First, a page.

Just as far-sighted wisdom considers marriage evil for the emancipated ones of the chosen path, so does it regard it as a great source of success for those who are tied to social life. Especially do great rulers approve of it, for their efforts are devoted to the produc­tion of unity, and to the removing the dust of complexity by the water of simplicity. Inevitably does the highly-born choose a con­sort, and by that means does he raise up a glorious seed. When he reflects how by so many generations the series of creation has come down from the first father to him, how can he refrain from making use of the waters of the Divine fountain? And how can he think it wrong to keep that fountain full? I admit that there is another side to this. It is clear that the commotion of desire causes dis­traction among men. And wherever this pleasure is partaken of in early youth—which is the home of improper desires—evil thoughts produce mischief. Though the jewel of goodness hath its seat in man's nature and has not much to do with ancestors, yet if it show itself in a noble family, it has a fresh lustre. In the extensive country of India men are active to form this union at a tender age, and this introduces the leaven of evil. The world's lord will on no account admit of it before puberty, and will not anticipate the proper time for it. Accordingly when that jewel of the diadem of the Caliphate—Prince Sulān Murād—had reached the age of 17, H.M. gave his attention to the matter, and considered it anxiously. Meanwhile one who knew the secrets of the harem represented that the Khān Ā'im Mīrzā Koka wished that his chaste daughter might attain this great fortune, and that his family might obtain fresh glory. The Shāhinshāh signified his acceptance, and the officers of the court arranged matters. On 25 Ardibihisht, 5 May, 1587, there was a joyful assemblage in the place of Miriam Makānī, and the 519 marriage was celebrated in the presence of His Majesty.


One of the occurrences was that the Kabul road became peace­ful. Tribes of Afghans inhabited between Kabul and the Indus, and from ignorance and selfishness they molested travellers, and stretched out the hand of oppression over the feeble. H.M. resolved that he would establish serais* in those dangerous places and put some brave men into each of them. Zain K. undertook the improvement of Sarkhdiwār, which is near Khurd Kābul; Khwājah Shamsu-d-dīn took charge of the country between the Dūāb and Bādām Casma. Ḥamza 'Arab got Bārīk Āb; Ḥaidar 'Alī 'Arab got Jagdalak, and Ḥaidar 'Alī Khwesh, Sarkh Āb; Moaffar Koka, Safed Sang; Darvesh Islamābādī, Tārīk Āb; Kafshī Bahādur, Basāwal; Takhta Beg, Daka; Banda 'Alī Maidānī, Gharībkhana;* Shāh Beg, the country between Begrām and Atak Benares. H.M. also sent a large sum of money by the hands of Hilāl Aftābcī to the Kokaltāsh in order that it might be distributed to the above-named persons, and that he might carry out this business under his own supervision. In a short time the orders were carried out, and the face of the age was brightened by the roseate hues of justice. Also at this time the Ghorī* tribe repented of their former conduct and took refuge with the governor of Kabul. At his request an order of pardon was issued to them. For some time, a place was, at his request, given to them near Jalālābād, and afterwards they received land in Peshawar where their homes were. On 22 Khurdād, 1 June 1587, the feast of the lunar weighment took place, and that celestial frame was weighed against eight articles. The needy had their wishes gratified. Also at this time, Ṣādiq K. came* from Bhakar and was exalted by performing the prostration.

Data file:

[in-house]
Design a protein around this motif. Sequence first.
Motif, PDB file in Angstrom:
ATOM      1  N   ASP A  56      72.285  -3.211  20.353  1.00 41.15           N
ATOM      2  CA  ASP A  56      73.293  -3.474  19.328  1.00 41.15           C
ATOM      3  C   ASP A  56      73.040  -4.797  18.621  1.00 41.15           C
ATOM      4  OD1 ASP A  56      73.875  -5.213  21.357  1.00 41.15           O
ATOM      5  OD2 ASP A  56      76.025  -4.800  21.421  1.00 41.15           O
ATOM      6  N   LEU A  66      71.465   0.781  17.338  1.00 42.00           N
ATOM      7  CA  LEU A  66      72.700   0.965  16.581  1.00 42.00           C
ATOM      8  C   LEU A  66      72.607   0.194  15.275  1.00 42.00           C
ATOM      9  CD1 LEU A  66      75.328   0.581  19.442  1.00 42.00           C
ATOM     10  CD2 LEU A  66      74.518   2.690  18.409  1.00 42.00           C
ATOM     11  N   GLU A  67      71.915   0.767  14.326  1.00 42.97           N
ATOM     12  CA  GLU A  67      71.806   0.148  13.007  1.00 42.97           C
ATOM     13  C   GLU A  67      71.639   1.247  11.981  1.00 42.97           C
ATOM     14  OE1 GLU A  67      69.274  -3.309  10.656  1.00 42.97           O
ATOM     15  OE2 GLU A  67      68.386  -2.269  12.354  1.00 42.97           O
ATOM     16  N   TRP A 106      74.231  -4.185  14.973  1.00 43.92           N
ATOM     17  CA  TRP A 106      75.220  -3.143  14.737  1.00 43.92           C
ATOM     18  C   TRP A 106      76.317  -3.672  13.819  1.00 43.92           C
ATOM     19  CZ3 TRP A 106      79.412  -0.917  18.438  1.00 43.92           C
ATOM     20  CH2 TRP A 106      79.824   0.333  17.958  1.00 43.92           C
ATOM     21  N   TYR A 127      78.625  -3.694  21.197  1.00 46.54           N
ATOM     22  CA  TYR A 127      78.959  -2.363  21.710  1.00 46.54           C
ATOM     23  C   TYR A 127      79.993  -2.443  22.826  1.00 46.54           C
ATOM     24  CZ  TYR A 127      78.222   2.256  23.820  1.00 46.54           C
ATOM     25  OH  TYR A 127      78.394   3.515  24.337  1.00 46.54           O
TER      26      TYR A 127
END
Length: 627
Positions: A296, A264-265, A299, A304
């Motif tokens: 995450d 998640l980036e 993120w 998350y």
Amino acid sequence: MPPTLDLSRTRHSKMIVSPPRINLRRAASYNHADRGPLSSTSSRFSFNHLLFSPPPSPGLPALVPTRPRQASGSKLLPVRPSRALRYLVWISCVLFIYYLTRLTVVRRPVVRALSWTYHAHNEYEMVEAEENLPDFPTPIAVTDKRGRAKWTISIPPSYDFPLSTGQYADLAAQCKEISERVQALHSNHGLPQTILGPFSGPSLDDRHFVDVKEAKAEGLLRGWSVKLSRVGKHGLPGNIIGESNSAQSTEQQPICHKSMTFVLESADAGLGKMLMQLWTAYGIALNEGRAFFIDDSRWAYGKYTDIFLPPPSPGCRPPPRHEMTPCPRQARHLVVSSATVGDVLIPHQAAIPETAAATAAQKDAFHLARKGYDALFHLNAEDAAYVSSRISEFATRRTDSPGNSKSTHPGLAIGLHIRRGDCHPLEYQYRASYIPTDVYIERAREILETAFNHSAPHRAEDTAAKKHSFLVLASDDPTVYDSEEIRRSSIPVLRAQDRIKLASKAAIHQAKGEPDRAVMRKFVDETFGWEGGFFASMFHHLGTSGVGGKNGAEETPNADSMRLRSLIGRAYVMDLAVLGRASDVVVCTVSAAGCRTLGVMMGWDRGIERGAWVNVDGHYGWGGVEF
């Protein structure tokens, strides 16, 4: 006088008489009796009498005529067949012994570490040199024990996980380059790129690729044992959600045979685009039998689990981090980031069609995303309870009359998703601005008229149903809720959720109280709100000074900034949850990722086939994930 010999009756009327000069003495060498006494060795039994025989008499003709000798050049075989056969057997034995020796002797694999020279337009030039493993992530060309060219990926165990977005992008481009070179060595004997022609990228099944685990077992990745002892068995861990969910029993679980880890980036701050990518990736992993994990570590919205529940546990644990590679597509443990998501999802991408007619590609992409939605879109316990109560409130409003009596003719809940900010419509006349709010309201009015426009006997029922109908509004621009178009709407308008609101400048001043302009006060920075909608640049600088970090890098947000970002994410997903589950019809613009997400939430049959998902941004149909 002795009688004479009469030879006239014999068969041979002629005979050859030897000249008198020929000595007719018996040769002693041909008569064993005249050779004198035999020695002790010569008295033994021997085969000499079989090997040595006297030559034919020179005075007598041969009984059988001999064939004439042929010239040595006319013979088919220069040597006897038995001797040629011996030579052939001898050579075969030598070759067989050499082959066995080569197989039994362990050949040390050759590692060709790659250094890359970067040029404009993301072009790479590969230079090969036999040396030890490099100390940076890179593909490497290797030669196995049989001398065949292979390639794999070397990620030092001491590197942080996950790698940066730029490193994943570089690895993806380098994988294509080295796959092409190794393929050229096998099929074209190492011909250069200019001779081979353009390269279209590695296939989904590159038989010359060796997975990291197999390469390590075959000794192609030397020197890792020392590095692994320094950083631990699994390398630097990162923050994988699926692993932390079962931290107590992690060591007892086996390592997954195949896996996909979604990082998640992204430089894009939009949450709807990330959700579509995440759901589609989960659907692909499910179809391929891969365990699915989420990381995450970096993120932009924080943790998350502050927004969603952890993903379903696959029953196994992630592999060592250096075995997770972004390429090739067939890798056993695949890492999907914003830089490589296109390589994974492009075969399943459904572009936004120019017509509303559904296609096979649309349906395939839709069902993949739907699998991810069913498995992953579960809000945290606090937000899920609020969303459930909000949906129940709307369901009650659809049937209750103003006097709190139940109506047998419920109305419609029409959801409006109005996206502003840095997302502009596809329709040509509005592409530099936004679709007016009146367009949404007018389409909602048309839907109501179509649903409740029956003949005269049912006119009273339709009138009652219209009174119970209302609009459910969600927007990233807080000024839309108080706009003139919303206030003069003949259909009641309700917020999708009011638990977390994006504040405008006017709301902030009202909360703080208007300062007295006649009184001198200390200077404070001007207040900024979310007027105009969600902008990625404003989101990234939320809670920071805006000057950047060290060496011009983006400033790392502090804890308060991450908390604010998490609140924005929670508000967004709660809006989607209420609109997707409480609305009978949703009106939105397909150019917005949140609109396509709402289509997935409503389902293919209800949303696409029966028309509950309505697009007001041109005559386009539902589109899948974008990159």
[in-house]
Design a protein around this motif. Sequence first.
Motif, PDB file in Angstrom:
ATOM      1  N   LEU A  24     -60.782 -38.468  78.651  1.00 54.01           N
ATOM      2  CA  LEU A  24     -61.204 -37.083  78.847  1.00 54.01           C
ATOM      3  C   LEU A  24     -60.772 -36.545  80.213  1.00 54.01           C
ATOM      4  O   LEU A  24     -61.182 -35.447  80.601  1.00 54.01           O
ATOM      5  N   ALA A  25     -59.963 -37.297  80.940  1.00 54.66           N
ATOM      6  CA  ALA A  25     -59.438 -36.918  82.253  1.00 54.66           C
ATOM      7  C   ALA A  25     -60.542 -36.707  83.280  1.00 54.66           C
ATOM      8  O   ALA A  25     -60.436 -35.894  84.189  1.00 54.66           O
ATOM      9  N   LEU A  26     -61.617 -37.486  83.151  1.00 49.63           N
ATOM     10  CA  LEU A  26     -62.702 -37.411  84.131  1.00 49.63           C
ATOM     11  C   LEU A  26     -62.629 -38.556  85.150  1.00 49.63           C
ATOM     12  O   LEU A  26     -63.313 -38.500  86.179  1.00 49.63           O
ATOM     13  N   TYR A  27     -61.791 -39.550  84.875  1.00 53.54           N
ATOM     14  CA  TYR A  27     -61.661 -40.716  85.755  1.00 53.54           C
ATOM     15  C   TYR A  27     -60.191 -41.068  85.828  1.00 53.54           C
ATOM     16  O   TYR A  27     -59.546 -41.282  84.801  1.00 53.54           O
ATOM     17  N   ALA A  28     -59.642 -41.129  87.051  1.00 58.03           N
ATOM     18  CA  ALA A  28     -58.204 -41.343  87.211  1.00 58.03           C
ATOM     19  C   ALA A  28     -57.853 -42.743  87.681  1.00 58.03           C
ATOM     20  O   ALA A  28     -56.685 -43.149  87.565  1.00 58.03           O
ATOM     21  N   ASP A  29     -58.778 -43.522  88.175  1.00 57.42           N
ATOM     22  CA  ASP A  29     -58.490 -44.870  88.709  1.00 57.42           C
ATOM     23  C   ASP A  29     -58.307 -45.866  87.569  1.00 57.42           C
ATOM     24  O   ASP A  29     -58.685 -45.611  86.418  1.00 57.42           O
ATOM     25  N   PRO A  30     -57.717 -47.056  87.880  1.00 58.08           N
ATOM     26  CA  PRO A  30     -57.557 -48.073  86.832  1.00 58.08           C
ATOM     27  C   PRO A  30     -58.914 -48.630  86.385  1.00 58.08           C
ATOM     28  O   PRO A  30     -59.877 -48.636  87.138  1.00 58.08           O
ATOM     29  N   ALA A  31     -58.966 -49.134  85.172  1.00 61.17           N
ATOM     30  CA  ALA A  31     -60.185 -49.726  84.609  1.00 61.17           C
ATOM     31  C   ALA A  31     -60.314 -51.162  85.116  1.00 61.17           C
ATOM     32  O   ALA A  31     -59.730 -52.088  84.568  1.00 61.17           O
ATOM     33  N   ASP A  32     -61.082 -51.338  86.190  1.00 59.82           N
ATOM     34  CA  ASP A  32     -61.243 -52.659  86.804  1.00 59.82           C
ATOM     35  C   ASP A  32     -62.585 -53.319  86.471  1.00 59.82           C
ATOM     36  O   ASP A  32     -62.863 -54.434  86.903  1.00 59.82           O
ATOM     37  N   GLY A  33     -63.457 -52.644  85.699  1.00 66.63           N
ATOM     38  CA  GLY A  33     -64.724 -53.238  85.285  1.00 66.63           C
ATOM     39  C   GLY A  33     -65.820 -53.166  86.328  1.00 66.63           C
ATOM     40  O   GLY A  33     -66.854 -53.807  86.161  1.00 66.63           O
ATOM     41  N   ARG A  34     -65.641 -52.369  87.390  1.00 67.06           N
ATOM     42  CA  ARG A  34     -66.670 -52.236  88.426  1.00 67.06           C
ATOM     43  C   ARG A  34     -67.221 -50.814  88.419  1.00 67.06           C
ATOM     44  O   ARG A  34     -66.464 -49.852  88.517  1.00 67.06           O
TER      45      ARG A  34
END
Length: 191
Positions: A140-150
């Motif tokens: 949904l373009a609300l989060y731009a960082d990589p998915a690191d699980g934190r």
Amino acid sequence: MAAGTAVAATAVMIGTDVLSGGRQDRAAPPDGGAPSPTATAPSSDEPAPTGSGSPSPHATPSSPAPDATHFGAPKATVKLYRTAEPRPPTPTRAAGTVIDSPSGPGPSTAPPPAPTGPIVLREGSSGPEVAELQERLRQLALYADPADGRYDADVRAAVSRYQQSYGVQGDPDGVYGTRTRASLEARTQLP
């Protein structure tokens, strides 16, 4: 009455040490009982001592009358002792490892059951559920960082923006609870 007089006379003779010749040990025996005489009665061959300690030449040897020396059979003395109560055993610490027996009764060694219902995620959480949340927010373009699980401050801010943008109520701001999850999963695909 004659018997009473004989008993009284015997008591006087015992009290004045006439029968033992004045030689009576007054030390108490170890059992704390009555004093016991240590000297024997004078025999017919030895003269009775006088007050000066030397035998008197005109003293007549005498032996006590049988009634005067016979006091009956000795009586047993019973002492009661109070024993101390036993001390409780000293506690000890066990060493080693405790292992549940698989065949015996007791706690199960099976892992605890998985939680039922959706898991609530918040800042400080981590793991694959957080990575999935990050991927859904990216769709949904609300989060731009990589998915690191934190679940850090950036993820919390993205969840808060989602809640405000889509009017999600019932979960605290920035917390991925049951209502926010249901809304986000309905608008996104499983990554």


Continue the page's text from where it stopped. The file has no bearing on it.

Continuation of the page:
One of the occurrences was the wounding of Rajah Todal Mal. On the night of the 17th (Amardād=28 July) he was going to his house from the palace. A hot-headed fellow came out of ambush and struck him with a sword. The Rajah's companions seized and killed him. His well-wishers suspected some good men, and out of envy, which is common among the sons of the world, simple people believed this. When far-sighted courtiers inquired into the matter, it was found that the wicked Khatrī* had found his opportunity, and 520 paid off his grudge. His accomplices were seized, and all received their punishment. The Rajah, by the aid of H.M., soon recovered.